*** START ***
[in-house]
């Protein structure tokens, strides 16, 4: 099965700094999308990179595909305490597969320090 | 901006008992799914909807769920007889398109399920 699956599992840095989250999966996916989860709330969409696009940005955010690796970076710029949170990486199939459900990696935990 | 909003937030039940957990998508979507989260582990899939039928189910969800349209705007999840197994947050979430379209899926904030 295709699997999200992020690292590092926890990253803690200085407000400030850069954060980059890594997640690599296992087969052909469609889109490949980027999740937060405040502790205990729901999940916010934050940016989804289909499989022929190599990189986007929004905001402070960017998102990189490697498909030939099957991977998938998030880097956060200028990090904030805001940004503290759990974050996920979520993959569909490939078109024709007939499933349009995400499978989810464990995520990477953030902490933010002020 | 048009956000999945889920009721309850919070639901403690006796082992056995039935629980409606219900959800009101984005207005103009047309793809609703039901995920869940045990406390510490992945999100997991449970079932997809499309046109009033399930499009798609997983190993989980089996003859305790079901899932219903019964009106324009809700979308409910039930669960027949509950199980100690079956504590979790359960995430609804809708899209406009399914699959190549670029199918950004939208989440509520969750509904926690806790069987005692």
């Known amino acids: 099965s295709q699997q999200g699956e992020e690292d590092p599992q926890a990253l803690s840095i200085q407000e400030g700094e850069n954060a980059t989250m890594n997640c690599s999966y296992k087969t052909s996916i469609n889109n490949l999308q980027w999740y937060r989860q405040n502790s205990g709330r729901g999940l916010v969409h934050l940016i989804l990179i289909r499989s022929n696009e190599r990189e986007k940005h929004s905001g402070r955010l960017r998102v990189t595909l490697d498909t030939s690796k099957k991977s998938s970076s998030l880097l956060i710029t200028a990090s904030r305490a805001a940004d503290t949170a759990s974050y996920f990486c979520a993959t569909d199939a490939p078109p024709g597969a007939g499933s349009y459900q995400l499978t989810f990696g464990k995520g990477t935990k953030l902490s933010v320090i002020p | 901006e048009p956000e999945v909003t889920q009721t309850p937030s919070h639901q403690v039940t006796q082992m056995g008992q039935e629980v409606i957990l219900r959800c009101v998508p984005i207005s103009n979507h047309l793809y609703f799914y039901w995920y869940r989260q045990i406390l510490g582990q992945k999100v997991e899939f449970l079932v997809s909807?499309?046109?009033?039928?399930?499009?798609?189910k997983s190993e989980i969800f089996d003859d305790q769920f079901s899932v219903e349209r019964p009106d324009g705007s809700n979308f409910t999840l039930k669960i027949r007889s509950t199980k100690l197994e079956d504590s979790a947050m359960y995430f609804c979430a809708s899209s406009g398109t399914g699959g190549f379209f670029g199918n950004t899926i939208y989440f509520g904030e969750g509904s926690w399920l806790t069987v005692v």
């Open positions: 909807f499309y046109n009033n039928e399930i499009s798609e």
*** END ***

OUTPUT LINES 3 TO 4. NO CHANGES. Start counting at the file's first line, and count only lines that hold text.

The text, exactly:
């Known amino acids: 099965s295709q699997q999200g699956e992020e690292d590092p599992q926890a990253l803690s840095i200085q407000e400030g700094e850069n954060a980059t989250m890594n997640c690599s999966y296992k087969t052909s996916i469609n889109n490949l999308q980027w999740y937060r989860q405040n502790s205990g709330r729901g999940l916010v969409h934050l940016i989804l990179i289909r499989s022929n696009e190599r990189e986007k940005h929004s905001g402070r955010l960017r998102v990189t595909l490697d498909t030939s690796k099957k991977s998938s970076s998030l880097l956060i710029t200028a990090s904030r305490a805001a940004d503290t949170a759990s974050y996920f990486c979520a993959t569909d199939a490939p078109p024709g597969a007939g499933s349009y459900q995400l499978t989810f990696g464990k995520g990477t935990k953030l902490s933010v320090i002020p | 901006e048009p956000e999945v909003t889920q009721t309850p937030s919070h639901q403690v039940t006796q082992m056995g008992q039935e629980v409606i957990l219900r959800c009101v998508p984005i207005s103009n979507h047309l793809y609703f799914y039901w995920y869940r989260q045990i406390l510490g582990q992945k999100v997991e899939f449970l079932v997809s909807?499309?046109?009033?039928?399930?499009?798609?189910k997983s190993e989980i969800f089996d003859d305790q769920f079901s899932v219903e349209r019964p009106d324009g705007s809700n979308f409910t999840l039930k669960i027949r007889s509950t199980k100690l197994e079956d504590s979790a947050m359960y995430f609804c979430a809708s899209s406009g398109t399914g699959g190549f379209f670029g199918n950004t899926i939208y989440f509520g904030e969750g509904s926690w399920l806790t069987v005692v």
């Open positions: 909807f499309y046109n009033n039928e399930i499009s798609e």